BMW lists the new engine's notable features as: adjustment of the turbochargers by electric motors; two intercoolers; four-valve combustion chambers with the injection nozzle located in the middle; fully controlled, cooled exhaust gas recirculation; and twin-chamber exhaust system with one advance and one main catalyst on each chamber. It also has a crankcase made of high-strength grey cast-iron incorporating vermicular graphite. BMW believes this is a first for a production car. The material is said to be up to 20% lighter than conventional grey cast-iron, also having acoustic benefits.


Another first is the use of a cracking method, patented by BMW, for manufacture of the crankshaft bearing supports: "The 100% positive engagement obtained in this way avoids even the slightest micro-movements on the bearing surface, enabling our V8 to achieve a very high level of peak combustion chamber pressure despite the substantial transverse forces with engines of this kind," said Kratochwill The V8 has two fuel-injection rails, with the injection pipes from the rails to the injector kept very short. Maximum injection pressure within the system is 135 MPa (19,600 psi), generated by a newly developed high-pressure pump, according to Kratochwill. The pump can cope with an injection pressure up to 160 MPa (23,200 psi), making it suitable for the next generation of common rail technology.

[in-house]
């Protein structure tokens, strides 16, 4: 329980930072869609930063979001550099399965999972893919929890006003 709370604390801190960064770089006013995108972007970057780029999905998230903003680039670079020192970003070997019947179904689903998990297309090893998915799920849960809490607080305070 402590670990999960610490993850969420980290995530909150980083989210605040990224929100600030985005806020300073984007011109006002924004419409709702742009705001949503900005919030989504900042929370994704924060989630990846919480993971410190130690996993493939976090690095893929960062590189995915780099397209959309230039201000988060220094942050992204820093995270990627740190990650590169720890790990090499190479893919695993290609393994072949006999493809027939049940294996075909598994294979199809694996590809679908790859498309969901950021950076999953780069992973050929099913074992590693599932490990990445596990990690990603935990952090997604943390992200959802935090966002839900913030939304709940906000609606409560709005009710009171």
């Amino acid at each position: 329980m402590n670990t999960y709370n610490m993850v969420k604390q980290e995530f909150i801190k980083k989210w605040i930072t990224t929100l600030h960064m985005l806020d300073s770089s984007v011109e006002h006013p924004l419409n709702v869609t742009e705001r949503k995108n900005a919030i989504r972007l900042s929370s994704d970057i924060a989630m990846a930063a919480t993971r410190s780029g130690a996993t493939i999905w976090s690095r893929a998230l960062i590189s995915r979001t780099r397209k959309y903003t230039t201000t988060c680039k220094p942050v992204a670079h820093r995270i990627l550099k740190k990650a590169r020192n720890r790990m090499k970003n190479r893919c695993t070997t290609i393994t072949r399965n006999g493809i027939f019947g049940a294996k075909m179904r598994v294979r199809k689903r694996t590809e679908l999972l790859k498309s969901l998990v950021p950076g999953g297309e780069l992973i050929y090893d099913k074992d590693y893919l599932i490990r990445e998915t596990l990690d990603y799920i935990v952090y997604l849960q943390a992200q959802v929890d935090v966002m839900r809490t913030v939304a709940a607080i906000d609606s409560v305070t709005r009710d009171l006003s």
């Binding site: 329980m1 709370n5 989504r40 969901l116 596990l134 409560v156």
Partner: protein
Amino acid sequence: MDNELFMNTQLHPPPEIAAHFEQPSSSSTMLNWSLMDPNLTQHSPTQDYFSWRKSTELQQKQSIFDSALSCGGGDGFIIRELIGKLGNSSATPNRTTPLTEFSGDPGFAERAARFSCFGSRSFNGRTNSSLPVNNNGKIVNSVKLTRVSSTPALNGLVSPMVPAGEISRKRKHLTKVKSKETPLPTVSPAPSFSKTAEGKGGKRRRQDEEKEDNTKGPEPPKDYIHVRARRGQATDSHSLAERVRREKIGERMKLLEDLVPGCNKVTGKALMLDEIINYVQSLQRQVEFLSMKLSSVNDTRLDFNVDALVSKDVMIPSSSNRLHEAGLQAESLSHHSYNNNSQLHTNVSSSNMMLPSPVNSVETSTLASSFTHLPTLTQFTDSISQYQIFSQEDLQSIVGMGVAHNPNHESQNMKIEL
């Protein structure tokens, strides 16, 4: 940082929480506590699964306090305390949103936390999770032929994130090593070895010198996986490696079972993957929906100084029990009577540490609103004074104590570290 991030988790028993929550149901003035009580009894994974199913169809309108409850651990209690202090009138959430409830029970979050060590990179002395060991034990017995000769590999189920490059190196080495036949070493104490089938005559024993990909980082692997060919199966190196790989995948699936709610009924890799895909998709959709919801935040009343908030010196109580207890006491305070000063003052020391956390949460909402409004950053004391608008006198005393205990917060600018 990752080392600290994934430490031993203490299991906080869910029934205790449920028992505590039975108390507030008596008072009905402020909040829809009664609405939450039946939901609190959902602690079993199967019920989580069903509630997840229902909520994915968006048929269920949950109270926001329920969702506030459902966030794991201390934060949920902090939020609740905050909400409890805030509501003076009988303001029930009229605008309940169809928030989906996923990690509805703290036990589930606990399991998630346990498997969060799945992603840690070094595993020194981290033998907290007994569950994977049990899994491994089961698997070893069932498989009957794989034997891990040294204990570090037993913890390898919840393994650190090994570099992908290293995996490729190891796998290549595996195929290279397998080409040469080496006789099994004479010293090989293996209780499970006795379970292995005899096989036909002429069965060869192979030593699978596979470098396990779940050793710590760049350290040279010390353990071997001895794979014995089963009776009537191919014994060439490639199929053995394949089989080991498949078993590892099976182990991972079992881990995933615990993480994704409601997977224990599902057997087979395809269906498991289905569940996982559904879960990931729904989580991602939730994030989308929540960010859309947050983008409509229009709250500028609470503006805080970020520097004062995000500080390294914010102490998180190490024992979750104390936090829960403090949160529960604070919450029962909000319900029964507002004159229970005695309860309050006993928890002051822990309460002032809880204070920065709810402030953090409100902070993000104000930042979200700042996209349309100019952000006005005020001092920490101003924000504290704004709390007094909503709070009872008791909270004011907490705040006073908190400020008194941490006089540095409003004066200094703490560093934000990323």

Kratochwill said the cylinder charge cycle also uses new techniques: "Virtually the entire system, extending from the intake snorkel via the air filter, air-mass meter, turbocharger, intercooler, advance and main catalyst, all the way to the final muffler catalyst, is built throughout in two-chamber design. In conjunction with the four-valve combustion chambers, this provides an ideal basis for maximum power and torque combined with minimum fuel consumption and emissions."